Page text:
Cereal Chem 60:255 - 259. | VIEW
Sorghum Phenolic Acids, Their High Performance Liquid Chromatography Separation and Their Relation to Fungal Resistance.
D. H. Hahn, J. M. Faubion, and L. W. Rooney. Copyright 1983 by the American Association of Cereal Chemists, Inc.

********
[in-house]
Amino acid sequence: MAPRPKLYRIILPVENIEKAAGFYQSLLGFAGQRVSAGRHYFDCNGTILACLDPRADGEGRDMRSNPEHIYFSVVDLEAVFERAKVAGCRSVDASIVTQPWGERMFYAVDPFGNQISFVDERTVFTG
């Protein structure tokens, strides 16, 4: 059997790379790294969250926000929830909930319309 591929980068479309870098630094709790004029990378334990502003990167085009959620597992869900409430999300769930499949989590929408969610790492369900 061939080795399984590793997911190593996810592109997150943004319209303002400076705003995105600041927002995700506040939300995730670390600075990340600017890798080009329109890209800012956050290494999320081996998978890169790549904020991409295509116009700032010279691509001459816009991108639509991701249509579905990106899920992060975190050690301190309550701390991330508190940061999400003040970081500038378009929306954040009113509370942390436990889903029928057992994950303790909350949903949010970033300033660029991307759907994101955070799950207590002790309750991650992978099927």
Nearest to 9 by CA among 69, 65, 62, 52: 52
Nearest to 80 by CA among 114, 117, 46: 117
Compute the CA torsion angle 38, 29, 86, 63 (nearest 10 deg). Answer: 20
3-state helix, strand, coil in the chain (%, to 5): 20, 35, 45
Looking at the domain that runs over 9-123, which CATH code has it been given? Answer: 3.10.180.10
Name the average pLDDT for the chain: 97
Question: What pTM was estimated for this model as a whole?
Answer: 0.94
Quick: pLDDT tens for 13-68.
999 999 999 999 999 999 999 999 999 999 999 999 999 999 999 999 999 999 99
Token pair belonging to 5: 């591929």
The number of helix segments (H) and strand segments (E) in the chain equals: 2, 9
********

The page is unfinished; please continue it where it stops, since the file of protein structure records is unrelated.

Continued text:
A high performance liquid chromatographic (HPLC) method was developed for the separation and identification of substituted benzoic and cinnamic acids (phenolic acids) of Sorghum bicolor (L.) Moench. Eight phenolic acids were identified in sorghum extracts. In order of decreasing polarity they were: gallic, protocatechuic, p-hydroxybenzoic, vanillic, caffeic, p-coumaric, ferulic, and cinnamic acids. In addition to these eight compounds, 12 other peaks were separated from the grain extracts, but these have not been identified. Protocatechuic, p-hydroxybenzoic, caffeic, p-coumaric, and ferulic acids were found in the free form in all seven sorghum varieties with means of 8.9, 5.9, 6.4, 37.6, and 34.7 micrograms/g, respectively. Protocatechuic, p-hydroxybenzoic, caffeic, p-coumaric, and ferulic acids were also found in the bound form in all seven sorghum varieties with means of 82.0, 18.3, 30.8, 82.1, and 163.2 micrograms/g, respectively. Gallic acid was found only in the bound form with a mean of 23.6 micrograms/g. Vanillic acid was found in six varieties in the free form with a mean of 31.8 micrograms/g and in four varieties in the bound form with a mean of 38.4 micrograms/g. Cinnamic acid was found in four varieties in the free form with a mean 6.7 micrograms/g. Cinnamic acid was found in the bound form in only one variety at a concentration of 19.7 micrograms/g. Free phenolic acids were extracted from ground sorghum by shaking in methanol. The crude extracts were cleaned up before chromatography by passage through C18 Sep-Pak cartridges (Waters Associates). Bound phenolic acids were released from the residue of the free phenolic acid extraction by hydrolysis in 2N HCl. The phenolic acids were removed from the hydrolysate by an ethyl acetate partition. Mean recoveries for the extraction of free and bound phenolic acids were 94.4 and 72.1%, respectively. Sorghum grain resistant to fungal attack contained both a greater variety and larger amounts of the identified phenolic acids and unknown compounds than did susceptible varieties. Resistant sorghums also had a greater pecentage of their total, identified phenolic acids in the free form. However, resistance to fungal attack could not be attributed solely to phenolic acid content or profile. Tannin content and physical characteristics of the grain also contribute to fungal resistance.